Greetings to all,

We are living in challenging times. Challenges bring opportunities. So the good news is that since we are faced with so many challenges in the world right now, there are also many opportunities available to us if we choose to listen, sense, and feel beneath the surface. Words that have been attributed to Winston Churchill come to mind: “Never let a good crisis go to waste.”

I’m not one to easily jump to crisis mode, nor do I feel that, at least in most places, we are in full-on crisis. However, some might argue that we are teetering on the edge socially, politically, and environmentally. We are facing critical choice points. What we create will, in turn, create us. Therefore who do we wish to become? And what is the legacy that our choices, actions, and policies are creating?

Not letting a crisis go to waste means paying attention to all the signals around us and within us – signals that are trying to show us a path forward and open new doors of possibility. Yet in order to notice the signals and perceive the messages, we must first open ourselves.

So I invite you to join me in a daily exercise from now until Earth Day, April 22nd. The length of time you choose to spend on the exercise each day is up to you. Some days you may be able to spend only five or ten minutes – other days you might choose to spend longer. 

I chose Earth Day because the Earth is our common home. If we have nothing else in common with one another, we do all share the same home planet. The intention of the exercise is not so much about taking care of the Earth. It’s about shifting our awareness and focus towards what really matters – to us as individuals, and to us as a collective.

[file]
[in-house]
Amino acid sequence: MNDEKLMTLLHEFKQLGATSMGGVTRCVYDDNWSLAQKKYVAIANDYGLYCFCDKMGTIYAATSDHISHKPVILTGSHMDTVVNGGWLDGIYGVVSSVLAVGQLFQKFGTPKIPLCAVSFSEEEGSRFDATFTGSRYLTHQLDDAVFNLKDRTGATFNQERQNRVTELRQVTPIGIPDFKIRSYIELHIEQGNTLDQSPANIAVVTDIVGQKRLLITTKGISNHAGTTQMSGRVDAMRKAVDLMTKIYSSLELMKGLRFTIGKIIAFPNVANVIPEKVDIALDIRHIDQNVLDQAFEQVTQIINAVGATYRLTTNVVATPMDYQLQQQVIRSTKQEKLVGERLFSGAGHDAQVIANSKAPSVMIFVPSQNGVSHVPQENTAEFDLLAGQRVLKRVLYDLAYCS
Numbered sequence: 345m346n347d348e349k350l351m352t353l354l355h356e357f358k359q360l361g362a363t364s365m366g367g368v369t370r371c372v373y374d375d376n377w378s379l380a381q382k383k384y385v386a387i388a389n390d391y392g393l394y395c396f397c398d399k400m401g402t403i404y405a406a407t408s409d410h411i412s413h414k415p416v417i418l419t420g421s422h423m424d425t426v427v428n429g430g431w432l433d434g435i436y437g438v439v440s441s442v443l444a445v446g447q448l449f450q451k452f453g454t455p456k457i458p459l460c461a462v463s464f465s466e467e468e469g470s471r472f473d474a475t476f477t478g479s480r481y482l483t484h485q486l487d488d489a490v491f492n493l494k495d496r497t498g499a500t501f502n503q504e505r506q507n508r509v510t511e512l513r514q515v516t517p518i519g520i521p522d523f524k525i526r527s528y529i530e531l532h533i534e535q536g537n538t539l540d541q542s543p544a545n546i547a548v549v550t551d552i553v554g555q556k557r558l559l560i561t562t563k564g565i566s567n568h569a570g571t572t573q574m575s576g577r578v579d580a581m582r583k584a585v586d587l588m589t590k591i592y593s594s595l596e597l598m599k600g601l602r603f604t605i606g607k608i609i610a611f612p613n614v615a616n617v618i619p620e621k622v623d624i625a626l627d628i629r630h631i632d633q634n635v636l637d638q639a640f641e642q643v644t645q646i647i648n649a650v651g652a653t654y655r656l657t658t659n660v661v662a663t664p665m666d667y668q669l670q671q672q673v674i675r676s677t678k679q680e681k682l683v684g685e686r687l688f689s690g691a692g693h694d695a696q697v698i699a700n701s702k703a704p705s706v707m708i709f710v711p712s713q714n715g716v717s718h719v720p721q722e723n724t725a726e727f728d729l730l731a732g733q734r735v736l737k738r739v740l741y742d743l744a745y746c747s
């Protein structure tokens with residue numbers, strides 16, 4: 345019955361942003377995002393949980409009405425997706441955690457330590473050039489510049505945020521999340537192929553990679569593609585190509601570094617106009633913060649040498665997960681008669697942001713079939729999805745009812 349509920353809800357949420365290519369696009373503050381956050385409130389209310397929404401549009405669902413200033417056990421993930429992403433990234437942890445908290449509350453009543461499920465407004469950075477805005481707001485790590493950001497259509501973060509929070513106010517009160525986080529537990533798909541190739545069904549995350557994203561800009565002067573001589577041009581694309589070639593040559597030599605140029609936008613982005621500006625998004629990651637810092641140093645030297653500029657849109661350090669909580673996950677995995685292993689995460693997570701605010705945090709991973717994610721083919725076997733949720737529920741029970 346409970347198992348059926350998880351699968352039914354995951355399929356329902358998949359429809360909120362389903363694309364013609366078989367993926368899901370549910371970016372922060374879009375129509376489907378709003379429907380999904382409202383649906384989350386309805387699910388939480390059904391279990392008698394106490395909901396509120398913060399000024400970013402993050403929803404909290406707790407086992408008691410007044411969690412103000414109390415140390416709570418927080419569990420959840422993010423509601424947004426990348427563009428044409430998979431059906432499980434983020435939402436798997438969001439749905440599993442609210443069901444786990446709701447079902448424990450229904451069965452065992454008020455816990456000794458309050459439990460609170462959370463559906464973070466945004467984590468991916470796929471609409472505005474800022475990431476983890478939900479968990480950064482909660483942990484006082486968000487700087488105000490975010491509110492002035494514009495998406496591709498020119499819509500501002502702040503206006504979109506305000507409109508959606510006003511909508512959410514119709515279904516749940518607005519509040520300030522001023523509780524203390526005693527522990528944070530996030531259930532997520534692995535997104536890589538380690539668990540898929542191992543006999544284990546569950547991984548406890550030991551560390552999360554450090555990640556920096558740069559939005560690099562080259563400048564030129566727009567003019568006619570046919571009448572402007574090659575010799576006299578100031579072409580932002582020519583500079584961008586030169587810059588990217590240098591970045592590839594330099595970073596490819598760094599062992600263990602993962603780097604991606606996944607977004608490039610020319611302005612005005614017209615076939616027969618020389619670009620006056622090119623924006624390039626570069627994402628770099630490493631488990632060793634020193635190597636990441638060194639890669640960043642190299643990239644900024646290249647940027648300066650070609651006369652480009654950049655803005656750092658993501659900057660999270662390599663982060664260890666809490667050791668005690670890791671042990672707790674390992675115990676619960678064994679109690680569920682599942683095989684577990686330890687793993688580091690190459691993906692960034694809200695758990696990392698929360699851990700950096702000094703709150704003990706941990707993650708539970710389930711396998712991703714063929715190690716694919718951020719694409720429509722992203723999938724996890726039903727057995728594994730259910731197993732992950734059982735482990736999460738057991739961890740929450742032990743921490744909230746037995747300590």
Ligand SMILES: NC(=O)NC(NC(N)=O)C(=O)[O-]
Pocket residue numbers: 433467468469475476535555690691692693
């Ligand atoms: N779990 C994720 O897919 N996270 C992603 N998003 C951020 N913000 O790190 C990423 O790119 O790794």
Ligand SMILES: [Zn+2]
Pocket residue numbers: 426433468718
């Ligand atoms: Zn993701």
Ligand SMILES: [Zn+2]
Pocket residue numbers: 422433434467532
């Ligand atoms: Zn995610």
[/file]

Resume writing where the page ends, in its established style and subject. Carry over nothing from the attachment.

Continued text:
The exercise has six steps. Some days, you might consider all of the questions just briefly, and then go on with your day. Other days, you might linger in one or two questions that ask for more attention. Let the exercise take you wherever it does. Each day, your experience may be different. Yet over time, you are likely to start finding some consistency.

Step 1 – As you prepare yourself for the day, look in the mirror. Look into your eyes. Look at yourself with gentleness and compassion. Who are you, underneath the clothes you wear, the public role you play or the public mask you wear, and the responsibilities you carry? Who are you really? Let the answer come in a few simple words or as a feeling. There’s no one here but you in this moment. No one to hide from, no one to impress, no one whose expectations you must meet. It’s just you with you. Who are you?

Step 2 – Find your heart. Is it easily accessible to you, or has it gotten buried under fears, doubts, resistance, anger, or something else? It’s OK if it is buried. Just uncover it. Touch your beating heart. Breathe in and out through your heart. What if you stayed in touch with your heart all day long?

Step 3 – Bring to your awareness three people that you will see or interact with today. Find some part of each of them in you. Who are they as individuals? What is important to them? What if you were to meet them as human to human rather than as role to role or two characters in a situation? What might be possible? Maybe interacting with them is easy, maybe it’s hard. It’s OK either way. Just step beyond “easy or hard” and meet them human to human. Meet them with compassion, and find some aspect of them that also shows up in you. And if animals or the natural world are included in today’s interactions, consider them as well.